Mechanisms affecting the implementation of a national antimicrobial stewardship programme; multi-professional perspectives explained using normalisation process theory

Currie, Kay and Laidlaw, Rebecca and Ness, Valerie and Gozdzielewska, Lucyna and Malcom, William and Sneddon, Jacqueline and Seaton, Ronald Andrew and Flowers, Paul (2020) Mechanisms affecting the implementation of a national antimicrobial stewardship programme; multi-professional perspectives explained using normalisation process theory. Antimicrobial Resistance and Infection Control, 9 (1). 99. ISSN 2047-2994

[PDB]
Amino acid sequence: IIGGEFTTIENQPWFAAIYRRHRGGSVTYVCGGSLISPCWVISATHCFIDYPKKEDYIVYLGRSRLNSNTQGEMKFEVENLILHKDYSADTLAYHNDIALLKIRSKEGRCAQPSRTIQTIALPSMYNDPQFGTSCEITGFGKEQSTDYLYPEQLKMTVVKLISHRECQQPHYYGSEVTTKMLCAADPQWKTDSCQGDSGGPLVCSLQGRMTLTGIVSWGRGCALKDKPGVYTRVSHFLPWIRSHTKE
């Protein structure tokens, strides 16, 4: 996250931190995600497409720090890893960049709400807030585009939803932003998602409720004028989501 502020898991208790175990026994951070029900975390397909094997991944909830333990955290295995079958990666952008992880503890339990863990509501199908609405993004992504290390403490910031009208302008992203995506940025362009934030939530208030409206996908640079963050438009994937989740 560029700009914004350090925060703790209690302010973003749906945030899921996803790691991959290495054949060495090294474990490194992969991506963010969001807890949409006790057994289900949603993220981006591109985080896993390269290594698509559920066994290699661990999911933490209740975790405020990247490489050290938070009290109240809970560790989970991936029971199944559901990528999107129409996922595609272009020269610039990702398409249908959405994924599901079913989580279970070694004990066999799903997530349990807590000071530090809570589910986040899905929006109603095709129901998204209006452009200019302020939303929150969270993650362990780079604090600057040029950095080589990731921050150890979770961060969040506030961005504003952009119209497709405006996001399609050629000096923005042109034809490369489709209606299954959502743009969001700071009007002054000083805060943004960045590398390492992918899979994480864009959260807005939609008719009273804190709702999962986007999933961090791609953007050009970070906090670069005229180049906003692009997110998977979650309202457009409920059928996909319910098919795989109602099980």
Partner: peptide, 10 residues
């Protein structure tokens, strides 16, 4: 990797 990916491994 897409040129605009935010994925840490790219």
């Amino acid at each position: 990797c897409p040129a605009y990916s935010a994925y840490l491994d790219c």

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    Background: Antimicrobial stewardship (AMS) describes activities concerned with safe-guarding antibiotics for the future, reducing drivers for the major global public health threat of antimicrobial resistance (AMR), whereby antibiotics are less effective in preventing and treating infections. Appropriate antibiotic prescribing is central to AMS. Whilst previous studies have explored the effectiveness of specific AMS interventions, largely from uni-professional perspectives, our literature search could not find any existing evidence evaluating the processes of implementing an integrated national AMS programme from multi-professional perspectives. Methods: This study sought to explain mechanisms affecting the implementation of a national antimicrobial stewardship programme, from multi-professional perspectives. Data collection involved in-depth qualitative telephone interviews with 27 implementation lead clinicians from 14/15 Scottish Health Boards and 15 focus groups with doctors, nurses and clinical pharmacists (n = 72) from five Health Boards, purposively selected for reported prescribing variation. Data was first thematically analysed, barriers and enablers were then categorised, and Normalisation Process Theory (NPT) was used as an interpretive lens to explain mechanisms affecting the implementation process. Analysis addressed the NPT questions 'which group of actors have which problems, in which domains, and what sort of problems impact on the normalisation of AMS into everyday hospital practice'. Results: Results indicated that major barriers relate to organisational context and resource availability. AMS had coherence for implementation leads and prescribing doctors; less so for consultants and nurses who may not access training. Conflicting priorities made obtaining buy-in from some consultants difficult; limited role perceptions meant few nurses or clinical pharmacists engaged with AMS. Collective individual and team action to implement AMS could be constrained by lack of medical continuity and hierarchical relationships. Reflexive monitoring based on audit results was limited by the capacity of AMS Leads to provide direct feedback to practitioners. Conclusions: This study provides original evidence of barriers and enablers to the implementation of a national AMS programme, from multi-professional, multi-organisational perspectives. The use of a robust theoretical framework (NPT) added methodological rigour to the findings. Our results are of international significance to healthcare policy makers and practitioners seeking to strengthen the sustainable implementation of hospital AMS programmes in comparable contexts.